According to Nguyen Thi Thu Trang, Director of the Center for WTO and Integration of the Vietnam Chamber of Commerce and Industry (VCCI), when manufacturers in alternative countries are competitors of Vietnamese exporters, they can give detrimental figures in these surveys. It may cause the dumping margin to be pushed up very high and does not reflect Vietnamese production situation.

In the case of Vietnam, an August 24, 2023 memorandum published by the DOC identifies Indonesia, Egypt, Jordan, Morocco, Philippines, and Sri Lanka as countries that are economically comparable to Vietnam based on their relative gross national income (GNI) per capita in 2022.

During the past 21 years, the United States has imposed anti-dumping duties on many Vietnam’s export goods, including agricultural products (such as honey, fish fillets, shrimp, etc.) and industrial products (washers, steel wire garment hangers, paper file folders, etc.)

Previously, to join the WTO, Vietnam agreed to be treated as an NME until December 31, 2018, by other WTO members. However, the United States continues to designate Vietnam as an NME. Since 2018, Vietnam and the United States have conducted 10 technical sessions to discuss Vietnam’s market situation.

The US Review and Implications for Vietnam

After receiving Vietnam’s request, on October 24, 2023, the US Department of Commerce announced that they would initiate the review of the NME status of Vietnam. The review process will be completed in 270 days, which includes a public comment period before reaching any final decision.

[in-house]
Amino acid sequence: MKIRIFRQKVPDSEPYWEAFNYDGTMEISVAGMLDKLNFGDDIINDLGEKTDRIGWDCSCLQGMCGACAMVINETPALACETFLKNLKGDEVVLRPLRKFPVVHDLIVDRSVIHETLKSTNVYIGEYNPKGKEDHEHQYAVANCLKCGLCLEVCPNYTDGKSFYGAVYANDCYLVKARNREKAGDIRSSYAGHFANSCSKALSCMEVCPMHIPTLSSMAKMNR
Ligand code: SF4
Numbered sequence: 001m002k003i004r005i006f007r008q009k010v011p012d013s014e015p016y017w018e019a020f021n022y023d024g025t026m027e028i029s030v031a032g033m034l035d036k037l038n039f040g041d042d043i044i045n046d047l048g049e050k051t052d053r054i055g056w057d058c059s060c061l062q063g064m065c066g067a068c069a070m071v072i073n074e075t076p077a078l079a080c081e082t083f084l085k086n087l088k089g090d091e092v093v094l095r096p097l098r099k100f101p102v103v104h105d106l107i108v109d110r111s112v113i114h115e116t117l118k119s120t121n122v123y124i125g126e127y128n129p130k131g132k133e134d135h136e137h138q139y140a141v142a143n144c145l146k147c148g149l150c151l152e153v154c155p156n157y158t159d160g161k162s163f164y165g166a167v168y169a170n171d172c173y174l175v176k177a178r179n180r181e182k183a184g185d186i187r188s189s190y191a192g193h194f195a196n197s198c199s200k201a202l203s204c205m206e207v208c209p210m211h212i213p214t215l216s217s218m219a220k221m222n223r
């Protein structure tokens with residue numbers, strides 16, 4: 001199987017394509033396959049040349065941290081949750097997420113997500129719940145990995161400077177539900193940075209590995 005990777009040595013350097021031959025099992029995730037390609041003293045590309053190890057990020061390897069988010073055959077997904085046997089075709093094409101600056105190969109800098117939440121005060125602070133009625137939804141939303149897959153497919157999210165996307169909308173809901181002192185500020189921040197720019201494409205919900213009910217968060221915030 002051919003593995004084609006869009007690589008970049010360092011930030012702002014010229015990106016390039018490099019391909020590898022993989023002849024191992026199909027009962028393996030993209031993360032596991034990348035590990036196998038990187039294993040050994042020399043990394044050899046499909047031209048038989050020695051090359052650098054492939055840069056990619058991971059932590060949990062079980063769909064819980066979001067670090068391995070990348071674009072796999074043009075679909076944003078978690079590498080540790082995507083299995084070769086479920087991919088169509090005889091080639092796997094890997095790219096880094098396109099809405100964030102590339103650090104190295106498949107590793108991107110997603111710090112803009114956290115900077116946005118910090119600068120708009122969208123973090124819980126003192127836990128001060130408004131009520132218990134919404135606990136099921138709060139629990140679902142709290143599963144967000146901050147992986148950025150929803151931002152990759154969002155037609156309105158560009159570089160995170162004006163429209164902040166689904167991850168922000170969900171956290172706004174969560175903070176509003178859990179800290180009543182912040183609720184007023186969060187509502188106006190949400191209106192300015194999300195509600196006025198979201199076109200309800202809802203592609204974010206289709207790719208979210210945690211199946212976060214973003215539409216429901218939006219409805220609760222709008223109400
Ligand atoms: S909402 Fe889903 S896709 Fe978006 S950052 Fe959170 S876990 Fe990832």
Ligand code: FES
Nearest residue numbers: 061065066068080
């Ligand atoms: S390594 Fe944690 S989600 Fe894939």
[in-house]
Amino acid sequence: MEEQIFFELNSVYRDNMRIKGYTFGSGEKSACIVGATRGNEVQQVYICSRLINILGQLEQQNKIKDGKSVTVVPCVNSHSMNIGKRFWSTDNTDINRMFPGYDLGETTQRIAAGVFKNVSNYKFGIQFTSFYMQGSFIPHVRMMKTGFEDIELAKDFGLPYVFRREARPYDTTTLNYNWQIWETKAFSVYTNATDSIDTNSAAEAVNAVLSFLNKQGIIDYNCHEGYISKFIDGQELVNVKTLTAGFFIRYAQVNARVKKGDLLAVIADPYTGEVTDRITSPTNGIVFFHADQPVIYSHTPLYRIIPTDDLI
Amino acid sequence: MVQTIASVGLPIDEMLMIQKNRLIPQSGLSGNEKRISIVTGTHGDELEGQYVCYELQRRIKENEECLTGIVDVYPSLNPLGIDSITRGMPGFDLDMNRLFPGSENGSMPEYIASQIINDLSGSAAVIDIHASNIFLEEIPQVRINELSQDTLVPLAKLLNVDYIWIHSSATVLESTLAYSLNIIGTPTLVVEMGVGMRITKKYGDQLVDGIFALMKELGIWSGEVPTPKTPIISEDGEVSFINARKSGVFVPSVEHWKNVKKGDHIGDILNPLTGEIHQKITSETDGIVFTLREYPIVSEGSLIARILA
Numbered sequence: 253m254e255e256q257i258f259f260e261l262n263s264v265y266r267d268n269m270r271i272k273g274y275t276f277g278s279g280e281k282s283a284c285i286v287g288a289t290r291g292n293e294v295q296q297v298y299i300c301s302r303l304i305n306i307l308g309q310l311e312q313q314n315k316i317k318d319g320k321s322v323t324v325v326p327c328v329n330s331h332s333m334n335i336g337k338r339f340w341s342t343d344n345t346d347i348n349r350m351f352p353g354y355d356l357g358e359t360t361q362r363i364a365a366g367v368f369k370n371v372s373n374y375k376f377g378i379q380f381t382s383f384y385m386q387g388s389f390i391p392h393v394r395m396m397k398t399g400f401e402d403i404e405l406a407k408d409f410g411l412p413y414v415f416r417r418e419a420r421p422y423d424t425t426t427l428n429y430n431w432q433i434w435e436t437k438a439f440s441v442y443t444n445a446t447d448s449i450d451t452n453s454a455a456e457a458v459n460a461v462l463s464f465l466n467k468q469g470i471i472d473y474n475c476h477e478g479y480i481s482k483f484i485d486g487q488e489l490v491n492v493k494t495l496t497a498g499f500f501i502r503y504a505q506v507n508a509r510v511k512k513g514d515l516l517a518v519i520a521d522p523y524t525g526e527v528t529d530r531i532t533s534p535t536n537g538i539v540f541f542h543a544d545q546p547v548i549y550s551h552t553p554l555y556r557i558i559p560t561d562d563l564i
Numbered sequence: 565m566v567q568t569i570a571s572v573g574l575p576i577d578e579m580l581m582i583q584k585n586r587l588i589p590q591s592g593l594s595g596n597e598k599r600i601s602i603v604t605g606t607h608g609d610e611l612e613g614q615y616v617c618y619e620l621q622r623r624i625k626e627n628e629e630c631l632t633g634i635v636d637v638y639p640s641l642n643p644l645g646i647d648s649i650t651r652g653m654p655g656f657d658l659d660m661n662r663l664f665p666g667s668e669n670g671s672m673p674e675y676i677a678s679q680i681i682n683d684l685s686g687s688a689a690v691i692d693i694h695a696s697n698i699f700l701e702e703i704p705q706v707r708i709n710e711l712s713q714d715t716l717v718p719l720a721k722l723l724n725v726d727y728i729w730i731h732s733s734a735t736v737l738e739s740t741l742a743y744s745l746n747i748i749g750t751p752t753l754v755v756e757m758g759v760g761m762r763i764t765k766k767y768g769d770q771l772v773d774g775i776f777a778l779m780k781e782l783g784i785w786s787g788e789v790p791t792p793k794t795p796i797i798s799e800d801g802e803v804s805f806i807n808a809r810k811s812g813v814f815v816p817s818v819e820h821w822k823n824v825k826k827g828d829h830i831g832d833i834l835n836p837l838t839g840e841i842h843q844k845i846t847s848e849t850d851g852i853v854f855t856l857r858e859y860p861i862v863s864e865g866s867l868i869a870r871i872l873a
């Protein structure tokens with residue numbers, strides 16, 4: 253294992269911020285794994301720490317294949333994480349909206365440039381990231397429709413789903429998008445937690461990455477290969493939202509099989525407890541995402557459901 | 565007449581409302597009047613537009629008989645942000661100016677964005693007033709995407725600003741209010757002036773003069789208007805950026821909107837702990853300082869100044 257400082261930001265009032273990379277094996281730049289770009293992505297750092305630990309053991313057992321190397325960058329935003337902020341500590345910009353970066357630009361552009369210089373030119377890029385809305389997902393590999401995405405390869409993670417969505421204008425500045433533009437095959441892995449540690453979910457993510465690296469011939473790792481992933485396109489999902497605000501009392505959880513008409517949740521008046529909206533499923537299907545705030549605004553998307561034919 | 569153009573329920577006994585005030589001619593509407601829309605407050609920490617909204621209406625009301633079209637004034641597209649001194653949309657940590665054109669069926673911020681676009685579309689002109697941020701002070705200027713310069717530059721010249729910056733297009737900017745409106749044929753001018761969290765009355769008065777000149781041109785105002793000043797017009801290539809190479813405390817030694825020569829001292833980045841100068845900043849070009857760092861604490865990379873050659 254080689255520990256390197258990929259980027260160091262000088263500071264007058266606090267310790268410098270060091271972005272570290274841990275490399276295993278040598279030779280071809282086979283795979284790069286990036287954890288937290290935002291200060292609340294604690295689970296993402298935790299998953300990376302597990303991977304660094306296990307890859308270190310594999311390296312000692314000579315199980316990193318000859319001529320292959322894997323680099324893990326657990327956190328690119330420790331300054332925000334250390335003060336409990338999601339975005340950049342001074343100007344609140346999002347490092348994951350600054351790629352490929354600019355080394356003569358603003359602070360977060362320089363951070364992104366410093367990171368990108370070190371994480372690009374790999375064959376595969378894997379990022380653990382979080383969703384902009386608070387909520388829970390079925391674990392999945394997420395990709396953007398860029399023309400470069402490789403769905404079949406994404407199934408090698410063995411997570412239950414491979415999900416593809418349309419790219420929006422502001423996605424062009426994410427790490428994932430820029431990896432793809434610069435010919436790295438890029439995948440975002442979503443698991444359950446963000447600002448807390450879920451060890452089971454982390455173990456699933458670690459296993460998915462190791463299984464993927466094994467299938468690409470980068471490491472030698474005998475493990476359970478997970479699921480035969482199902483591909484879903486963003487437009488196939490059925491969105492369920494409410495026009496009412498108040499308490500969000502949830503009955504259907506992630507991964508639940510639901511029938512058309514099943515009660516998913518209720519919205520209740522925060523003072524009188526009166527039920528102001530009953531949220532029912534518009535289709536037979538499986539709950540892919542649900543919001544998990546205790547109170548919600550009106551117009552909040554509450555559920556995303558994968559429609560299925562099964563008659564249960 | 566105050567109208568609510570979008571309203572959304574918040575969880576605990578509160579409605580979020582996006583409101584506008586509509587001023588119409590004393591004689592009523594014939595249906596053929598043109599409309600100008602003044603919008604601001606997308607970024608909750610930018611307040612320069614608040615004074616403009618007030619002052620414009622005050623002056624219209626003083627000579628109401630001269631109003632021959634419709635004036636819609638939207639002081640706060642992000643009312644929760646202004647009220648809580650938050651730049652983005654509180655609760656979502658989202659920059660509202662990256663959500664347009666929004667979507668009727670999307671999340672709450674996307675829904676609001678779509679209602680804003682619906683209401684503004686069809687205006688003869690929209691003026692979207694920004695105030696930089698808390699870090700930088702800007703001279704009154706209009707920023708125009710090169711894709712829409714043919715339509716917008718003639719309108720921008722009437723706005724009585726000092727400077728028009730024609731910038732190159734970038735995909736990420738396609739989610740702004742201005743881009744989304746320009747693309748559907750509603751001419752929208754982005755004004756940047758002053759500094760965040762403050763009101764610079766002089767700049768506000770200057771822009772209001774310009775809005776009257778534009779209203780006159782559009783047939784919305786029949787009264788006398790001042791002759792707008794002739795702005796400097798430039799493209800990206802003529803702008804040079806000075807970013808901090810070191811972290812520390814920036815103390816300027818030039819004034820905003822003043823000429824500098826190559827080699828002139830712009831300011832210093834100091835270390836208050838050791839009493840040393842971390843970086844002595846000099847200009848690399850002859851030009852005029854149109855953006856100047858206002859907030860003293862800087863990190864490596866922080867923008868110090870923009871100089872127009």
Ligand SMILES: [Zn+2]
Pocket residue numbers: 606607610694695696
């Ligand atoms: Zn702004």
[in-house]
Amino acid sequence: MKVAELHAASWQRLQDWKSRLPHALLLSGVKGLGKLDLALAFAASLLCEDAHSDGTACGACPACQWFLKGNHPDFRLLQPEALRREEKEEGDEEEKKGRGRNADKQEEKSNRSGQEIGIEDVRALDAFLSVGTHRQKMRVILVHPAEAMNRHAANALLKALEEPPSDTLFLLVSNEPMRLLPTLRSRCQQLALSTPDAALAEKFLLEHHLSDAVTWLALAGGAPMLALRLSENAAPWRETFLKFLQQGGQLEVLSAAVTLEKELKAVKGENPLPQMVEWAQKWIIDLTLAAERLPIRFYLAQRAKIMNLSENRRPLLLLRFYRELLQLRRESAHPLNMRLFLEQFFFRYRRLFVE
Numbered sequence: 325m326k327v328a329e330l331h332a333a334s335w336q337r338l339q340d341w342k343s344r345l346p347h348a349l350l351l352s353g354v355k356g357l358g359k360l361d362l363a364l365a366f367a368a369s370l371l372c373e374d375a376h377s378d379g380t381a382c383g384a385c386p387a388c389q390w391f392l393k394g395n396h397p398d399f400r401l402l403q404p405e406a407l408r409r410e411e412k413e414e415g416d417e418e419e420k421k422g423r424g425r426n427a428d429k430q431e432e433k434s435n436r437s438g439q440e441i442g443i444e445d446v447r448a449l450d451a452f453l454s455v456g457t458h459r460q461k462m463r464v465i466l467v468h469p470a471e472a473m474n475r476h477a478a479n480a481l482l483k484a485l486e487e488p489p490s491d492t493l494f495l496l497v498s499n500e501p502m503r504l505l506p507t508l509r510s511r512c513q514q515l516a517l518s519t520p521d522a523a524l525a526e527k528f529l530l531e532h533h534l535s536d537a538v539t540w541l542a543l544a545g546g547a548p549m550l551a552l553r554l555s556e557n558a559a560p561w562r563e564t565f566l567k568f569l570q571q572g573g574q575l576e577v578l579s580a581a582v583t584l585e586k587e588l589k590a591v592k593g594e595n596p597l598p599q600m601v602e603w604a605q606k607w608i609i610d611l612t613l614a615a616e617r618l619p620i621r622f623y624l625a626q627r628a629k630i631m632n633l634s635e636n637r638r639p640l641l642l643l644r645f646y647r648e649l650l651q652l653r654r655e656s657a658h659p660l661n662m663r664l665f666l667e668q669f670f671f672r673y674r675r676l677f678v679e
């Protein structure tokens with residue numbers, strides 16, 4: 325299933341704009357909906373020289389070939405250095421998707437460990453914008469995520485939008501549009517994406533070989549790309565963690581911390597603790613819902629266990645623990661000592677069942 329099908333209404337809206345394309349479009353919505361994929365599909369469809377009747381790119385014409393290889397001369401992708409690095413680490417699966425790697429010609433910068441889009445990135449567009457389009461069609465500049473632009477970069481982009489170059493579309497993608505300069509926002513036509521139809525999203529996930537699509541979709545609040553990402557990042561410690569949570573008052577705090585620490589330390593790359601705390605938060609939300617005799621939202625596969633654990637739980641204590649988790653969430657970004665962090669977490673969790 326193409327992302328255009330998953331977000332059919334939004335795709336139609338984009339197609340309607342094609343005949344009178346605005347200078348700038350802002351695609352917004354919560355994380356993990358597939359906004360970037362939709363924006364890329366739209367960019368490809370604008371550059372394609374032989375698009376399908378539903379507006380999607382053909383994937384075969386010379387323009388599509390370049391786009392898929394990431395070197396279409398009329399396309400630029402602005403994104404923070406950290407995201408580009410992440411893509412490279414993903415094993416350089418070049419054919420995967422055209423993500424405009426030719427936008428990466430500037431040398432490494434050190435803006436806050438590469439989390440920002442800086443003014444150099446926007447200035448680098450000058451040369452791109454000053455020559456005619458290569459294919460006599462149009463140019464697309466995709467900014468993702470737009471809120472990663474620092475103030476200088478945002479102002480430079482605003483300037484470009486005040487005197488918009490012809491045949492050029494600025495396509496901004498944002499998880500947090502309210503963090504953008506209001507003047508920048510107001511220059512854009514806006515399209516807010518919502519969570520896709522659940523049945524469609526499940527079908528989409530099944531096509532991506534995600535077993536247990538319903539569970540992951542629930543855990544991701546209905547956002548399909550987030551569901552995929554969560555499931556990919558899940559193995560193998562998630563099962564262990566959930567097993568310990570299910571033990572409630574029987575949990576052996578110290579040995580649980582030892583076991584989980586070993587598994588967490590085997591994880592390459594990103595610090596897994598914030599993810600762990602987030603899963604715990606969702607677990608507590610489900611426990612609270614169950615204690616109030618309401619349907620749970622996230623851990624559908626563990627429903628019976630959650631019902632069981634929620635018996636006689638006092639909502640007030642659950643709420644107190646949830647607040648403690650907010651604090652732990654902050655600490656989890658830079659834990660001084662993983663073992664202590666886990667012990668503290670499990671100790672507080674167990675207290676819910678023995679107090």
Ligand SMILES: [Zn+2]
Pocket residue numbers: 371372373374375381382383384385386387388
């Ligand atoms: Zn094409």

Before announcing the review, the DOC received comments in opposition to Vietnam’s request from several American producer associations of honey, catfish, shrimp, metal, steel, kitchen cabinet, and millwork.

Until now, it is still uncertain whether Vietnam’s non-market economy status can be revoked after the review or not. But in case it can be revoked, the DOC will then analyze Vietnamese dumping by comparing US sale prices against Vietnamese sale prices and costs, not by comparing with the sale prices and costs from a third country. It will be much more beneficial for Vietnam’s export goods if they are treated equally with export goods from other countries.

If the United States determines Vietnam to be a market economy, Vietnam will be in a better position to request the recognition of market economy from other countries, especially the EU, helping Vietnam’s goods have better access to those markets. Moreover, it will also help Vietnam improve its prestige and position in negotiating new trade deals with other international partners.

Furthermore, Vietnam being determined as a market economy will also encourage US companies to invest in Vietnam, supporting the implementation of the country’s industrial policy. However, its effect in attracting investment will not be enduring in the long run if Vietnam’s government does not modify the regulations to support foreign companies. For example, on November 7, 2023, Intel called off a planned investment in Vietnam due to the instability of power supplies and excessive bureaucracy. Vietnam is home to Intel's largest factory worldwide for assembling, packaging, and testing chips. The planned investment was expected to double Intel’s operation in Vietnam, representing a blow to Vietnam’s ambition to play a bigger role in the global semiconductor supply chain.

During the past months, the Vietnamese government has shown strong efforts in convincing the United States to designate Vietnam as a market economy. If the United States decides to do so, Vietnam’s economy will receive a lot of benefits, at least in trade.

Thao Dang is a Young Professional at the East-West Center in Washington. She is a graduate student at the Elliott School of International Affairs, George Washington University, where she is focusing on US foreign policy.